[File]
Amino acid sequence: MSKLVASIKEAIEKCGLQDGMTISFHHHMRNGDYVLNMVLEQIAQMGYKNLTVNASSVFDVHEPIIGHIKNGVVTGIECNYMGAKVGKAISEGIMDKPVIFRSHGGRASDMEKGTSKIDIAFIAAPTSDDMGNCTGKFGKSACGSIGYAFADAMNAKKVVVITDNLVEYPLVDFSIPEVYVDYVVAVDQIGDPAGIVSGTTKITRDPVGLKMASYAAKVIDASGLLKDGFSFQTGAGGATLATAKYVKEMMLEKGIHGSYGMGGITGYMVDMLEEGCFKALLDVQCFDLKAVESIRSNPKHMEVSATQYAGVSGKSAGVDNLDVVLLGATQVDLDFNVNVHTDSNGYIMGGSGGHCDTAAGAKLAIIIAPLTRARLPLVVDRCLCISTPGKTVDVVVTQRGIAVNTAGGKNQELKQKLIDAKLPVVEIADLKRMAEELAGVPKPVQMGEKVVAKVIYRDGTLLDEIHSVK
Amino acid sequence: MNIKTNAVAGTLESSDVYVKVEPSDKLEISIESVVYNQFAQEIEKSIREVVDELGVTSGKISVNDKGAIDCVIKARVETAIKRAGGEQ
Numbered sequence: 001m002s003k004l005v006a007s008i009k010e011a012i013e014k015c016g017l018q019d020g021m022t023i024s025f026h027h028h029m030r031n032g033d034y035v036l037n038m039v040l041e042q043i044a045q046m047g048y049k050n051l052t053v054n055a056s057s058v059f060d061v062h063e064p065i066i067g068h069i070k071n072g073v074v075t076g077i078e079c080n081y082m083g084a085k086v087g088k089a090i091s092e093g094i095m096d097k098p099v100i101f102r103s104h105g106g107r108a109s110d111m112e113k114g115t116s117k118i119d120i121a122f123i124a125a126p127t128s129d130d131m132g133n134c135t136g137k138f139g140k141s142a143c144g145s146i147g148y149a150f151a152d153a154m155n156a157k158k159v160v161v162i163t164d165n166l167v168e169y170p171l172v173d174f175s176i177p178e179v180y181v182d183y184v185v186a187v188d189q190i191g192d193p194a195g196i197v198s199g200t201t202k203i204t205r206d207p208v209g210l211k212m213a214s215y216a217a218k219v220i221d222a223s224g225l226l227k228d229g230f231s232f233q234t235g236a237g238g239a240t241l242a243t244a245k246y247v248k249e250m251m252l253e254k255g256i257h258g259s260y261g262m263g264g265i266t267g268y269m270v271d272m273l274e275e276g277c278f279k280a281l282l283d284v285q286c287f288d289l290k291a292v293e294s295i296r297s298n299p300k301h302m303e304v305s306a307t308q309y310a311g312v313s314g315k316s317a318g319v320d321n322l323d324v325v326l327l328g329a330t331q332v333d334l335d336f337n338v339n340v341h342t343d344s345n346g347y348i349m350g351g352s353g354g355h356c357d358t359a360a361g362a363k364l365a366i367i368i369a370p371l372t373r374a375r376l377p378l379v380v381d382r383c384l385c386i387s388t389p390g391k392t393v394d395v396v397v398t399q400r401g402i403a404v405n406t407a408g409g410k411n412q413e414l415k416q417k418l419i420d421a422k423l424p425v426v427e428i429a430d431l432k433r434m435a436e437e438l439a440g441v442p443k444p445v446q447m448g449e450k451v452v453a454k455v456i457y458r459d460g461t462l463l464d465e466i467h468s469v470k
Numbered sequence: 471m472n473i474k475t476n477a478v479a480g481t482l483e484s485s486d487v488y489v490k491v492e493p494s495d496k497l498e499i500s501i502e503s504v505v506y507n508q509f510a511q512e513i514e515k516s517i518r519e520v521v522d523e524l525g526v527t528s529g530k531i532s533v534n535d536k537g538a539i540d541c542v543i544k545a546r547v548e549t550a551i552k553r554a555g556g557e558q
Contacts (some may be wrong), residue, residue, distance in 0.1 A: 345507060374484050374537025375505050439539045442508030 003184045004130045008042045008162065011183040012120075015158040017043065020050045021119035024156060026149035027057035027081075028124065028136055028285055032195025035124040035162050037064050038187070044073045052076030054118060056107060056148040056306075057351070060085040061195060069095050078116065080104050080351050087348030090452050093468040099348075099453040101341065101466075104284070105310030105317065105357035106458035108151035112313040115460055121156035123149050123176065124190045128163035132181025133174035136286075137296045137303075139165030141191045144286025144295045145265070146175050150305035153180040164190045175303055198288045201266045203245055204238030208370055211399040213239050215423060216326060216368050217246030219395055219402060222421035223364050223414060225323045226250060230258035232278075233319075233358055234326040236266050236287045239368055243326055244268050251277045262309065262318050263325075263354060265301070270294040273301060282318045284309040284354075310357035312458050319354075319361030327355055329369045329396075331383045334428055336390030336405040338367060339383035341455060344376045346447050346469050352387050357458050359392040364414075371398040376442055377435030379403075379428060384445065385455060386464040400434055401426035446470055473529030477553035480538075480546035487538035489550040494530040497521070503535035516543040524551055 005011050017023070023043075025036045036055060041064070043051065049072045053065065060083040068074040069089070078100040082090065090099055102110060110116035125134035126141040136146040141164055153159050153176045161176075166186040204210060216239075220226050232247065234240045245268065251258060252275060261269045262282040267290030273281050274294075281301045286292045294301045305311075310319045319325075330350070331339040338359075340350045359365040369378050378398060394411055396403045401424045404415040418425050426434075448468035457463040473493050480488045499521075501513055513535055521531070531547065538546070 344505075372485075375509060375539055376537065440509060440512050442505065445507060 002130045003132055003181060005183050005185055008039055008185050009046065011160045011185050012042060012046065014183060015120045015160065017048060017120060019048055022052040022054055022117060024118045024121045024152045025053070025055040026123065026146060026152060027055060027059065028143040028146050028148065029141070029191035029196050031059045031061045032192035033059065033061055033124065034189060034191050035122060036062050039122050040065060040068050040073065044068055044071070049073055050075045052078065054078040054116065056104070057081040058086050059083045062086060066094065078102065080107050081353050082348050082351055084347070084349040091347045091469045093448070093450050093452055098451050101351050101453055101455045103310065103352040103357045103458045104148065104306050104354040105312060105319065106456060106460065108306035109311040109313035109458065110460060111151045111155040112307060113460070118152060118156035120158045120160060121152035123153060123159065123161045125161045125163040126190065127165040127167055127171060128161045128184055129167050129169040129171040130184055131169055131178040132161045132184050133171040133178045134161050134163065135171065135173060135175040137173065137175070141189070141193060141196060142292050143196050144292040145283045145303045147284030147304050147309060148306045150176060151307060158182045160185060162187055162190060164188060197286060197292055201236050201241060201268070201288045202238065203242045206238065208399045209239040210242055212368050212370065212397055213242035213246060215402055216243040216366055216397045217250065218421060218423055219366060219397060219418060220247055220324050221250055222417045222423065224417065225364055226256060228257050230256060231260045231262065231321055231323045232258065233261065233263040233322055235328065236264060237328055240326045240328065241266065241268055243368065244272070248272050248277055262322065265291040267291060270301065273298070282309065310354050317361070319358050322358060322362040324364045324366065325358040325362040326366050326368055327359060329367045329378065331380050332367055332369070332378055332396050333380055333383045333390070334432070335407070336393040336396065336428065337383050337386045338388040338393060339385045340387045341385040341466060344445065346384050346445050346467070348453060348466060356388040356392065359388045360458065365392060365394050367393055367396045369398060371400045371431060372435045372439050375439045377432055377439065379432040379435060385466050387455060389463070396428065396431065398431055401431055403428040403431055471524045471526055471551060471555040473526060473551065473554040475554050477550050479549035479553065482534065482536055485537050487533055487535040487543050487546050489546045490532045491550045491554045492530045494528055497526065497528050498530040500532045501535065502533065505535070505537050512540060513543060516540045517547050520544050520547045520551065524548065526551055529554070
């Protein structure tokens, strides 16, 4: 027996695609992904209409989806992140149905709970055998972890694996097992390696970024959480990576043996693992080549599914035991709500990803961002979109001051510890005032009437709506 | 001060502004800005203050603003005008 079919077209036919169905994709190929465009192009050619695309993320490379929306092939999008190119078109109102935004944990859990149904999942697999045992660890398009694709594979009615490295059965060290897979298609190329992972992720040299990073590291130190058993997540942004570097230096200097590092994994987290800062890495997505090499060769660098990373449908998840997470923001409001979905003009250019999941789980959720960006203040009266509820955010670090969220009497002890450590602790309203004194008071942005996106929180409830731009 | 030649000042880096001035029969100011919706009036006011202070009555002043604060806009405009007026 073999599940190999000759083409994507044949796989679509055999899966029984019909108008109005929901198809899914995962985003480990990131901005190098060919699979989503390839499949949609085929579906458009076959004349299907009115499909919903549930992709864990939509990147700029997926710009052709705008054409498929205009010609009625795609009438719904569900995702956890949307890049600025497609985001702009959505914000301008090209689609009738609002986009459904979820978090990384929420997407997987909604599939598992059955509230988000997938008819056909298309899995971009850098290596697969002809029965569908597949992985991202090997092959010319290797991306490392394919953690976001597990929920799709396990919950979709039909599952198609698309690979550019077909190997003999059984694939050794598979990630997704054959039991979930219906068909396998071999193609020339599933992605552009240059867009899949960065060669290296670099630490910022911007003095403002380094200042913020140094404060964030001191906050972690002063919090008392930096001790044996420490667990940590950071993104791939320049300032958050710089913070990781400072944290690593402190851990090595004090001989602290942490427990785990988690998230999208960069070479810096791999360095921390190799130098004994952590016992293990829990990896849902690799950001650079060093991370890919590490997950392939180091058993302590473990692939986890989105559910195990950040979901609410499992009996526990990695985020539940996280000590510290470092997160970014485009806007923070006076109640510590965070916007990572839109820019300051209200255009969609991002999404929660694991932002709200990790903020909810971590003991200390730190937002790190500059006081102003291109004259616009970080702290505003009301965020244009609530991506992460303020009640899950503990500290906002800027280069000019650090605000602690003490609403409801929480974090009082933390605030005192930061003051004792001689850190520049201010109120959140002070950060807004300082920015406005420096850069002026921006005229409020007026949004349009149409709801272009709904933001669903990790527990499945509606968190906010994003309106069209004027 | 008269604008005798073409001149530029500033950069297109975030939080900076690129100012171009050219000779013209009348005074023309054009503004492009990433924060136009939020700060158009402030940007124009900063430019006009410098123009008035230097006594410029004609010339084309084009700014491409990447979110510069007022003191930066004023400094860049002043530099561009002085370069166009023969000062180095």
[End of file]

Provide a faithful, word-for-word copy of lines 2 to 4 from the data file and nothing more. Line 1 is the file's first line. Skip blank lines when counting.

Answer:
Amino acid sequence: MNIKTNAVAGTLESSDVYVKVEPSDKLEISIESVVYNQFAQEIEKSIREVVDELGVTSGKISVNDKGAIDCVIKARVETAIKRAGGEQ
Numbered sequence: 001m002s003k004l005v006a007s008i009k010e011a012i013e014k015c016g017l018q019d020g021m022t023i024s025f026h027h028h029m030r031n032g033d034y035v036l037n038m039v040l041e042q043i044a045q046m047g048y049k050n051l052t053v054n055a056s057s058v059f060d061v062h063e064p065i066i067g068h069i070k071n072g073v074v075t076g077i078e079c080n081y082m083g084a085k086v087g088k089a090i091s092e093g094i095m096d097k098p099v100i101f102r103s104h105g106g107r108a109s110d111m112e113k114g115t116s117k118i119d120i121a122f123i124a125a126p127t128s129d130d131m132g133n134c135t136g137k138f139g140k141s142a143c144g145s146i147g148y149a150f151a152d153a154m155n156a157k158k159v160v161v162i163t164d165n166l167v168e169y170p171l172v173d174f175s176i177p178e179v180y181v182d183y184v185v186a187v188d189q190i191g192d193p194a195g196i197v198s199g200t201t202k203i204t205r206d207p208v209g210l211k212m213a214s215y216a217a218k219v220i221d222a223s224g225l226l227k228d229g230f231s232f233q234t235g236a237g238g239a240t241l242a243t244a245k246y247v248k249e250m251m252l253e254k255g256i257h258g259s260y261g262m263g264g265i266t267g268y269m270v271d272m273l274e275e276g277c278f279k280a281l282l283d284v285q286c287f288d289l290k291a292v293e294s295i296r297s298n299p300k301h302m303e304v305s306a307t308q309y310a311g312v313s314g315k316s317a318g319v320d321n322l323d324v325v326l327l328g329a330t331q332v333d334l335d336f337n338v339n340v341h342t343d344s345n346g347y348i349m350g351g352s353g354g355h356c357d358t359a360a361g362a363k364l365a366i367i368i369a370p371l372t373r374a375r376l377p378l379v380v381d382r383c384l385c386i387s388t389p390g391k392t393v394d395v396v397v398t399q400r401g402i403a404v405n406t407a408g409g410k411n412q413e414l415k416q417k418l419i420d421a422k423l424p425v426v427e428i429a430d431l432k433r434m435a436e437e438l439a440g441v442p443k444p445v446q447m448g449e450k451v452v453a454k455v456i457y458r459d460g461t462l463l464d465e466i467h468s469v470k
Numbered sequence: 471m472n473i474k475t476n477a478v479a480g481t482l483e484s485s486d487v488y489v490k491v492e493p494s495d496k497l498e499i500s501i502e503s504v505v506y507n508q509f510a511q512e513i514e515k516s517i518r519e520v521v522d523e524l525g526v527t528s529g530k531i532s533v534n535d536k537g538a539i540d541c542v543i544k545a546r547v548e549t550a551i552k553r554a555g556g557e558q